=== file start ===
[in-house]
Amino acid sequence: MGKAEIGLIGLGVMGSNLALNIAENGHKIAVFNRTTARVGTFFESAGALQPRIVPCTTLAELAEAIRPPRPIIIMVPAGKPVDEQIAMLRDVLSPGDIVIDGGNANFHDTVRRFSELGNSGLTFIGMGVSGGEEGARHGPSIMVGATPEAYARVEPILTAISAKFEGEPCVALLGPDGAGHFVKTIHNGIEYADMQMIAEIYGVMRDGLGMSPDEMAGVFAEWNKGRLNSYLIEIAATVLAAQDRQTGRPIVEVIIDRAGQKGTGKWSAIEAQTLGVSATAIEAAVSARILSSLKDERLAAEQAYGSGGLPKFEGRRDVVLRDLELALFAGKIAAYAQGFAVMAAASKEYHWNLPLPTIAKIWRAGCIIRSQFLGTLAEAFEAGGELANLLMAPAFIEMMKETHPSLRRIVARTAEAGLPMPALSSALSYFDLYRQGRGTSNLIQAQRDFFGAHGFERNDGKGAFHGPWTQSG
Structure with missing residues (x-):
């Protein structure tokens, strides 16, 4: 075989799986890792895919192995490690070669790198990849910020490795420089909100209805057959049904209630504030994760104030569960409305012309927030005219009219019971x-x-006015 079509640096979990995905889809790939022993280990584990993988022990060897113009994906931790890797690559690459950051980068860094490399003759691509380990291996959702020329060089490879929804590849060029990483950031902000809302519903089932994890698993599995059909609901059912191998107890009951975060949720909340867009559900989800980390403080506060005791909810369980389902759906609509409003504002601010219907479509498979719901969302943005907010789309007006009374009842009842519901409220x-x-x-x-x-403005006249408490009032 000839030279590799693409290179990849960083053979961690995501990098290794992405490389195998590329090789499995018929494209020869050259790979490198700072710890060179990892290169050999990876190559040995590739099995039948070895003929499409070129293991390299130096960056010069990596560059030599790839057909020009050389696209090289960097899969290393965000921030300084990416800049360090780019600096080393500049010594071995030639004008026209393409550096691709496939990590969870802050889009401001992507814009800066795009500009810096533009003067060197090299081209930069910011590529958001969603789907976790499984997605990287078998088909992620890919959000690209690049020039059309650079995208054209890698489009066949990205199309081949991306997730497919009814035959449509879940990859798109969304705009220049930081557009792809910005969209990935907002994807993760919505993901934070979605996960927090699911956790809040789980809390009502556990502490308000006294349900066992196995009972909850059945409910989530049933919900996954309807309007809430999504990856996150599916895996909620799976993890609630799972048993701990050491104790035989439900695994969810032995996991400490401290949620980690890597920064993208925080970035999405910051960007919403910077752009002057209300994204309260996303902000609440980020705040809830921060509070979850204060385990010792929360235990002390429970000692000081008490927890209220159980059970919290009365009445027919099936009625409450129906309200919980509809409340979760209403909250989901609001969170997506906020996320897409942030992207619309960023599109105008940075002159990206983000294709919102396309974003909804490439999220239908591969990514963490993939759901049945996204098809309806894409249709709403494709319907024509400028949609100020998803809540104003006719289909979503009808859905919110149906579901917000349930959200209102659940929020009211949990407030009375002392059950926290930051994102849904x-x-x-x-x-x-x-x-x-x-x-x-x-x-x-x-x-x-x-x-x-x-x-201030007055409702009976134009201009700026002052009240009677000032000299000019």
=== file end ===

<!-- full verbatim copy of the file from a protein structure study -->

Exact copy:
[in-house]
Amino acid sequence: MGKAEIGLIGLGVMGSNLALNIAENGHKIAVFNRTTARVGTFFESAGALQPRIVPCTTLAELAEAIRPPRPIIIMVPAGKPVDEQIAMLRDVLSPGDIVIDGGNANFHDTVRRFSELGNSGLTFIGMGVSGGEEGARHGPSIMVGATPEAYARVEPILTAISAKFEGEPCVALLGPDGAGHFVKTIHNGIEYADMQMIAEIYGVMRDGLGMSPDEMAGVFAEWNKGRLNSYLIEIAATVLAAQDRQTGRPIVEVIIDRAGQKGTGKWSAIEAQTLGVSATAIEAAVSARILSSLKDERLAAEQAYGSGGLPKFEGRRDVVLRDLELALFAGKIAAYAQGFAVMAAASKEYHWNLPLPTIAKIWRAGCIIRSQFLGTLAEAFEAGGELANLLMAPAFIEMMKETHPSLRRIVARTAEAGLPMPALSSALSYFDLYRQGRGTSNLIQAQRDFFGAHGFERNDGKGAFHGPWTQSG
Structure with missing residues (x-):
């Protein structure tokens, strides 16, 4: 075989799986890792895919192995490690070669790198990849910020490795420089909100209805057959049904209630504030994760104030569960409305012309927030005219009219019971x-x-006015 079509640096979990995905889809790939022993280990584990993988022990060897113009994906931790890797690559690459950051980068860094490399003759691509380990291996959702020329060089490879929804590849060029990483950031902000809302519903089932994890698993599995059909609901059912191998107890009951975060949720909340867009559900989800980390403080506060005791909810369980389902759906609509409003504002601010219907479509498979719901969302943005907010789309007006009374009842009842519901409220x-x-x-x-x-403005006249408490009032 000839030279590799693409290179990849960083053979961690995501990098290794992405490389195998590329090789499995018929494209020869050259790979490198700072710890060179990892290169050999990876190559040995590739099995039948070895003929499409070129293991390299130096960056010069990596560059030599790839057909020009050389696209090289960097899969290393965000921030300084990416800049360090780019600096080393500049010594071995030639004008026209393409550096691709496939990590969870802050889009401001992507814009800066795009500009810096533009003067060197090299081209930069910011590529958001969603789907976790499984997605990287078998088909992620890919959000690209690049020039059309650079995208054209890698489009066949990205199309081949991306997730497919009814035959449509879940990859798109969304705009220049930081557009792809910005969209990935907002994807993760919505993901934070979605996960927090699911956790809040789980809390009502556990502490308000006294349900066992196995009972909850059945409910989530049933919900996954309807309007809430999504990856996150599916895996909620799976993890609630799972048993701990050491104790035989439900695994969810032995996991400490401290949620980690890597920064993208925080970035999405910051960007919403910077752009002057209300994204309260996303902000609440980020705040809830921060509070979850204060385990010792929360235990002390429970000692000081008490927890209220159980059970919290009365009445027919099936009625409450129906309200919980509809409340979760209403909250989901609001969170997506906020996320897409942030992207619309960023599109105008940075002159990206983000294709919102396309974003909804490439999220239908591969990514963490993939759901049945996204098809309806894409249709709403494709319907024509400028949609100020998803809540104003006719289909979503009808859905919110149906579901917000349930959200209102659940929020009211949990407030009375002392059950926290930051994102849904x-x-x-x-x-x-x-x-x-x-x-x-x-x-x-x-x-x-x-x-x-x-x-201030007055409702009976134009201009700026002052009240009677000032000299000019």